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The recruiting news isn't coming as fast and furious as earlier this summer, but that doesn't mean there's nothing to discuss. This week's Recruitin' Mailbag covers the biggest needs in the 2014 class, the 2013 recruit with the best player comparison, potential switches in the 2012 class, and why Shane Morris's high school stats don't match the hype. If you'd like to ask a question for the next mailbag, email me or tag your question with #mgomailbag on Twitter.
What are the three biggest priorities for the 2014 class in terms of positions? — @browngalaga
Two position groups immediately stand out to me as top priorities for the 2014 class: quarterback and running back. While Michigan appears to have their quarterback of the future in Shane Morris, they didn't take a QB in 2012; if Devin Gardner doesn't get his medical redshirt, Morris and Russell Bellomy will be the only scholarship QBs on the roster in 2014. With Morris in the fold, it's not imperative that Michigan takes a top-100 type, but they'll need a solid prospect who's a good bet to start as an upperclassman.
At running back, Michigan isn't lacking in pure numbers—barring attrition, six scholarship RBs will be around in 2014, plus fullback Sione Houma—but they're still missing that workhorse, every-down back that Wolverine fans are accustomed to seeing. Instead, there's currently a variety of situational backs—Hayes and Norfleet as slot types, Rawls and Shallman as battering rams—plus DeVeon Smith and Drake Johnson. I don't see Johnson as a threat to crack the two-deep at running back, putting a lot of pressure on Smith to pan out. If Michigan whiffs on Derrick Green, they'll need a big-time prospect to come through in 2014.
As for the third position of need, that's a little tougher to pick, which says a lot about the job Hoke and Co. have done filling the holes in the roster. I'd go with nose tackle; unless Willie Henry and Maurice Hurst Jr. both land there and develop into rotation guys, there will be a huge need for depth behind Ondre Pipkins. At a position where you need a solid rotation of players to keep everyone fresh, getting at least one guy who can clog the middle certainly wouldn't hurt.
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What '13 recruit will be bestowed with the most impressive YMRMFSPA? — @MGoShoe
I'm of the mind that Dymonte Thomas is going to threaten for five-star status after his senior season, especially if he gets to show off more of his coverage skills this year. He's a dynamic athlete, a hard hitter, and a playmaker from the safety position, which means he must have an awesome Michigan comparable... oh, right. Pre-Kovacs safeties haven't exactly been a strong point, and grit-scrapper walk-on doesn't make much sense as a player comparison to universally lauded recruit.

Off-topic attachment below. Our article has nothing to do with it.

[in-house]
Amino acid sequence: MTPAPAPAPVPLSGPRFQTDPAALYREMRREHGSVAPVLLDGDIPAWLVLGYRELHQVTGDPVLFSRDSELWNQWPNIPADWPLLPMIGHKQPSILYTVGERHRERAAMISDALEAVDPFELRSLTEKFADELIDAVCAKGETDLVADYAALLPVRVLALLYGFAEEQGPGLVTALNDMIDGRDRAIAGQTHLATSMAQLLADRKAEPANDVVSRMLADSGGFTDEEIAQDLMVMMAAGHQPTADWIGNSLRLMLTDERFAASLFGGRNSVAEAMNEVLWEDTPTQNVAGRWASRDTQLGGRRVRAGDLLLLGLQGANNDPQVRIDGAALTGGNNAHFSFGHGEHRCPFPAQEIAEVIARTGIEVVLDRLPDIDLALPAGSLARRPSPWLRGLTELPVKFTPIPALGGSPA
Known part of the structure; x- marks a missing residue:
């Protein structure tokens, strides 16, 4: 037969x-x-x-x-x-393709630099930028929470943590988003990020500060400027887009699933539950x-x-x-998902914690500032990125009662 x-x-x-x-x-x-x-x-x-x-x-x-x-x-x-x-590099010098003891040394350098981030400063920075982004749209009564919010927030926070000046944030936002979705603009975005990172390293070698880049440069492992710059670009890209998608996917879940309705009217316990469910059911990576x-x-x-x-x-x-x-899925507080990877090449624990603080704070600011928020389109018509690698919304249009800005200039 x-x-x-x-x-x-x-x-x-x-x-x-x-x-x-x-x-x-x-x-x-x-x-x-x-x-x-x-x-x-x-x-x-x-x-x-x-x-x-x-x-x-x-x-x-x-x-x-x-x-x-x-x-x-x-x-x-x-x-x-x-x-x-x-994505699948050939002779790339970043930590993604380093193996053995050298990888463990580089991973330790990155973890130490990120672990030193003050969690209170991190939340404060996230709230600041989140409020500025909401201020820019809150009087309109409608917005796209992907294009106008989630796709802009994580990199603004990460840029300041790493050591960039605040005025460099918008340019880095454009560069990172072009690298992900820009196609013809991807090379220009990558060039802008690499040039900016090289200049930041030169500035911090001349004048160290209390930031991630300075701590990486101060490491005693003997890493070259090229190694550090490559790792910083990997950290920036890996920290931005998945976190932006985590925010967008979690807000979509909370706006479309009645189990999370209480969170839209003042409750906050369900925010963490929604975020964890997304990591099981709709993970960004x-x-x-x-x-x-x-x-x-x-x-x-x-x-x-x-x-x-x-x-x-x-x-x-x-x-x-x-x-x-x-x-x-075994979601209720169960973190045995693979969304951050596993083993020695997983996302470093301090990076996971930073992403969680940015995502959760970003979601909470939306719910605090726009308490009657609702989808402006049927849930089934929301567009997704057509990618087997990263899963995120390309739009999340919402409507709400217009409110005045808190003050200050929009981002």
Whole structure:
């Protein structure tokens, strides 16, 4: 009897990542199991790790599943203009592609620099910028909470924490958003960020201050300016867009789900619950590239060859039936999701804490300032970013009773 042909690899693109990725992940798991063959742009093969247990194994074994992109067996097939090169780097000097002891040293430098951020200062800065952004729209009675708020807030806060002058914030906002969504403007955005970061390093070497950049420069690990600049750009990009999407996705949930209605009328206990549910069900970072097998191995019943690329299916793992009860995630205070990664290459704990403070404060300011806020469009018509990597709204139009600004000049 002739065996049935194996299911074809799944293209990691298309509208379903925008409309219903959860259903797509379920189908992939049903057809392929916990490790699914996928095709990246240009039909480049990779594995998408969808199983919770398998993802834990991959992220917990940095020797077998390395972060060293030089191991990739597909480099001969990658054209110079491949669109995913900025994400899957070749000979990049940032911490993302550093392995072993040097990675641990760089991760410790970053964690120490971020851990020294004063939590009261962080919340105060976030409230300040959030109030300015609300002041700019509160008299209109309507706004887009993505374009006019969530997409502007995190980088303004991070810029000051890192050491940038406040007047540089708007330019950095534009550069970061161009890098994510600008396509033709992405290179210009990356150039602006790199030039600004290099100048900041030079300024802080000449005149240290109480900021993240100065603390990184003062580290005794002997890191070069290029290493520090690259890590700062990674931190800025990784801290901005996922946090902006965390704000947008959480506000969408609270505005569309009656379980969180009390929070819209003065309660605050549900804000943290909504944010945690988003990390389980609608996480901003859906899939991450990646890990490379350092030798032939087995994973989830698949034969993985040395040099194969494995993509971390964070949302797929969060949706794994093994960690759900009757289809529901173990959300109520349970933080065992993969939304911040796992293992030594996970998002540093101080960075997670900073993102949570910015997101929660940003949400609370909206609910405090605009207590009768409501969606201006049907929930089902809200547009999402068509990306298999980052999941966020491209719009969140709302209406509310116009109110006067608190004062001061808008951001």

Ready for some high praise? I can't do a Michigan comparable for Thomas, so I'm going with former Alabama safety Mark Barron, who went 7th overall to Tampa Bay in this year's NFL draft. Much like Thomas, Barron played running back and linebacker in high school, ending up as a five-star to Scout and the #55 overall prospect on Rivals. The Tide played him up in the box often to take advantage of his excellent run support; his athleticism was an asset in coverage, though he could use some technical improvements. That sounds exactly like Thomas to me, though it's obviously a little early to be predicting a top-10 overall pick in his future.
What positions changes do u foresee with the 2012 class? We need TE depth — @BehindDaSticks
The interesting thing about the 2012 class is that there doesn't appear to be many—if any—candidates for a major position change. The defensive linemen may switch between three- and five-tech or three-tech and nose, but that's not exactly a huge switch. The most obviously candidate is A.J. Williams, but Michigan needs him to stick at tight end, not bulk up and become an offensive tackle.
One guy who could swap position groups down the road is Mario Ojemudia, who's currently slated for weakside defensive end. He's an explosive pass-rusher who spent his high school career as a speed-rushing 215-pound defensive tackle; now he's up to 231 pounds, according to the Michigan roster, but there are concerns that if he continues to add bulk he'll lose the attributes that make him so effective. If Ojemudia can't keep his speed and quickness at 260 or so pounds, he could very well end up at strongside linebacker; in fact, the coaches have mentioned that he could play either spot at this point.
Why aren't Shane's passing numbers on par with other top-flight qbs? What do you expect for his senior season? — @chrissimonsays
According to MaxPreps, Morris completed 121-of-235 attempts (51.5%) for 1684 yards, 19 touchdowns, and seven interceptions. Those numbers aren't bad; they also don't scream "five-star" to most. Having seen Morris a few times last year, however, I can tell you that his coach isn't lying when he says that those numbers don't tell the whole story:
"His statistics are very deceiving," Verska said. "When we played Plymouth he had 28 completions out of 46 passes, but he had 11 drops. We had more touchdowns dropped than we had caught last year. His stats should skyrocket this year because we have some kids who have played and are better receivers."
Morris also dealt with a great deal of pressure last year, as his offensive line didn't hold up very well against the state's more talented defenses. He was often asked to do everything for the offense, and much of the time that involved running for his life or forcing passes to try and get something going.
This year, Morris should be helped greatly by the presence of senior wideout Jack Wangler, son of John, who's played with him in 7-on-7 and transferred to Warren De La Salle this year. If the Pilot offensive line can improve, his numbers should start to reflect his true talent and ability.